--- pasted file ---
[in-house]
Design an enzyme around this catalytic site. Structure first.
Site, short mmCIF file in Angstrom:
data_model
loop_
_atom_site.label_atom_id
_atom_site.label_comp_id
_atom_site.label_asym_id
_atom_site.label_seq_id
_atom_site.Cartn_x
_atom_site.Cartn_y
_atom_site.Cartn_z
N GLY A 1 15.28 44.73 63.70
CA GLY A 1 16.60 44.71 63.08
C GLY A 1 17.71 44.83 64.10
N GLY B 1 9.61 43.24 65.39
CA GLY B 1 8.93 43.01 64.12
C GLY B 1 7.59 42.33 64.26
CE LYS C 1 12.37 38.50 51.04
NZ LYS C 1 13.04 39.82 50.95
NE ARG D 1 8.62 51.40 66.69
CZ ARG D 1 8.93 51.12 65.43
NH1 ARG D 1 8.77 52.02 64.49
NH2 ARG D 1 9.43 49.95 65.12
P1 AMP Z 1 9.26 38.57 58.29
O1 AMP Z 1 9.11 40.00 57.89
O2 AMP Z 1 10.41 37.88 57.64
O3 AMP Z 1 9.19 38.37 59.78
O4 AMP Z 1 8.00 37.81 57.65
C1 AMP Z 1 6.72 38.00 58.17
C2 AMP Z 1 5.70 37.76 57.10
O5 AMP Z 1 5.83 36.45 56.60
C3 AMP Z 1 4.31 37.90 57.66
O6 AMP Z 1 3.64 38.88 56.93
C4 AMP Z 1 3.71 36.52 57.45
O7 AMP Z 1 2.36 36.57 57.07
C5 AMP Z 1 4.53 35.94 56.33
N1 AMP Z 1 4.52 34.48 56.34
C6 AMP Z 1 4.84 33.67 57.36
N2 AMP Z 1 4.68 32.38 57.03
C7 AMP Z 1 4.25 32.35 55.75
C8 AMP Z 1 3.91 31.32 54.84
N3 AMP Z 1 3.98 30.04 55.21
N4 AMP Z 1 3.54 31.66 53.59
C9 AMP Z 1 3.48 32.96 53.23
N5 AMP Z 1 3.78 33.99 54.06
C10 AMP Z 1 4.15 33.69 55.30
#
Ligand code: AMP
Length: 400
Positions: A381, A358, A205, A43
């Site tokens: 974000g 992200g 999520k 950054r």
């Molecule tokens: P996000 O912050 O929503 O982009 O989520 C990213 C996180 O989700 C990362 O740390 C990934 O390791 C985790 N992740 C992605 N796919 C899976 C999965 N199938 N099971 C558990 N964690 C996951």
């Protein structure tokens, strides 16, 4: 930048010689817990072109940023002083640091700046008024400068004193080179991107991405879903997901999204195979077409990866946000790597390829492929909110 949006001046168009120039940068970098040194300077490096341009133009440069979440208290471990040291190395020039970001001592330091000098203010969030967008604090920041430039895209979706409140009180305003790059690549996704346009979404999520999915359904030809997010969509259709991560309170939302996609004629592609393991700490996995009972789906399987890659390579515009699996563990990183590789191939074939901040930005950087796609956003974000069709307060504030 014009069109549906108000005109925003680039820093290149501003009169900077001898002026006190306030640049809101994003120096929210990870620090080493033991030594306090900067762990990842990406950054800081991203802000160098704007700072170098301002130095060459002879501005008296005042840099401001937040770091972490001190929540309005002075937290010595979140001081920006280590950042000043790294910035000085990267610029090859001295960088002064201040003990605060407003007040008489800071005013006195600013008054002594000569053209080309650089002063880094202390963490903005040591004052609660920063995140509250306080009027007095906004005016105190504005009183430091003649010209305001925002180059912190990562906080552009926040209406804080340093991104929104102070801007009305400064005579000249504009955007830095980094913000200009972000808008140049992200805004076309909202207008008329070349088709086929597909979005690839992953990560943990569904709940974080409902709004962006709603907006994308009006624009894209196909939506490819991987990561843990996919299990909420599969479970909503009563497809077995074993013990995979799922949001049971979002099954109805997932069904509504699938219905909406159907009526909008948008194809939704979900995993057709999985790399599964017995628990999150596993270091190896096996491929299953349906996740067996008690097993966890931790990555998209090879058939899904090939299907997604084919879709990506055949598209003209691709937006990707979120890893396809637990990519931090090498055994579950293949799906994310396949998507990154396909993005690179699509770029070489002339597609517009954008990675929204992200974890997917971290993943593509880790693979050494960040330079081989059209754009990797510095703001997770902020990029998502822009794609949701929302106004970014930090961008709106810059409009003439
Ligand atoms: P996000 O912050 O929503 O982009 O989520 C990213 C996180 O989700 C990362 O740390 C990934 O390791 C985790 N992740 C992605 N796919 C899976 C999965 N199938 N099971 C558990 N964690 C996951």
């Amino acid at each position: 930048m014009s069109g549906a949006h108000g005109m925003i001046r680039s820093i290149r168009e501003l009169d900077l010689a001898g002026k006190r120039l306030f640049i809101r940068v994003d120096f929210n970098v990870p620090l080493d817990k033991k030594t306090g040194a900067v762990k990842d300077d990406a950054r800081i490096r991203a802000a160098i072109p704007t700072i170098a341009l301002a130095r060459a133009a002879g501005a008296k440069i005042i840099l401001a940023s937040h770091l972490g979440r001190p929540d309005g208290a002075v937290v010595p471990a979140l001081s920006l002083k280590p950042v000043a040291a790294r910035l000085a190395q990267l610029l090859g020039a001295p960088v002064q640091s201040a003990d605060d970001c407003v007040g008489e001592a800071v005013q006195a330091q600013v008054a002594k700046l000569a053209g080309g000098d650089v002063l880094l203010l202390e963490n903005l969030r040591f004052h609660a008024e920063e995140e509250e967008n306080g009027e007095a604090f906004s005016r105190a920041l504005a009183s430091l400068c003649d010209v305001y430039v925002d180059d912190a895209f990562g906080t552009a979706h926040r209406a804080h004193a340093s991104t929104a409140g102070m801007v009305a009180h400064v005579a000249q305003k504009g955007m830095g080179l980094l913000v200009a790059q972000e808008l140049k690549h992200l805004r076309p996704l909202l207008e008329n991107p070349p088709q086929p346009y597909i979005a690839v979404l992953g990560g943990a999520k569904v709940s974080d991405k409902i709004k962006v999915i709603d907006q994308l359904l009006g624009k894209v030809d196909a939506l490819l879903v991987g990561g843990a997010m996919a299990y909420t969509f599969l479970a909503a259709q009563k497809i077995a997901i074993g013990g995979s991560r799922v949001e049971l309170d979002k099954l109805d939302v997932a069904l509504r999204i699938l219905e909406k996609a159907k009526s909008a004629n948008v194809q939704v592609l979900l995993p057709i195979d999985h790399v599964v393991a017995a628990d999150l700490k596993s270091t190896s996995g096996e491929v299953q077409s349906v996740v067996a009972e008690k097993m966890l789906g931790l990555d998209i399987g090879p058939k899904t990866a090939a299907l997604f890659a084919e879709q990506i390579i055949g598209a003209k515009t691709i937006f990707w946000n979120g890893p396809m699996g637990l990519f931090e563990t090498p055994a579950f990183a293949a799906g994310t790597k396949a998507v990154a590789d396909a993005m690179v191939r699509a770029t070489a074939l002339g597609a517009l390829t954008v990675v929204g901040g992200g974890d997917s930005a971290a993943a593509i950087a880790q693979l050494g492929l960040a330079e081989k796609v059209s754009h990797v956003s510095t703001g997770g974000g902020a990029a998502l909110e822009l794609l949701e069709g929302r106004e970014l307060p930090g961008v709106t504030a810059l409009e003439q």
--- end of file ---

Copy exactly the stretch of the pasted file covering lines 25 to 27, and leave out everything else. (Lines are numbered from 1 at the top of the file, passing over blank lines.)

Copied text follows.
P1 AMP Z 1 9.26 38.57 58.29
O1 AMP Z 1 9.11 40.00 57.89
O2 AMP Z 1 10.41 37.88 57.64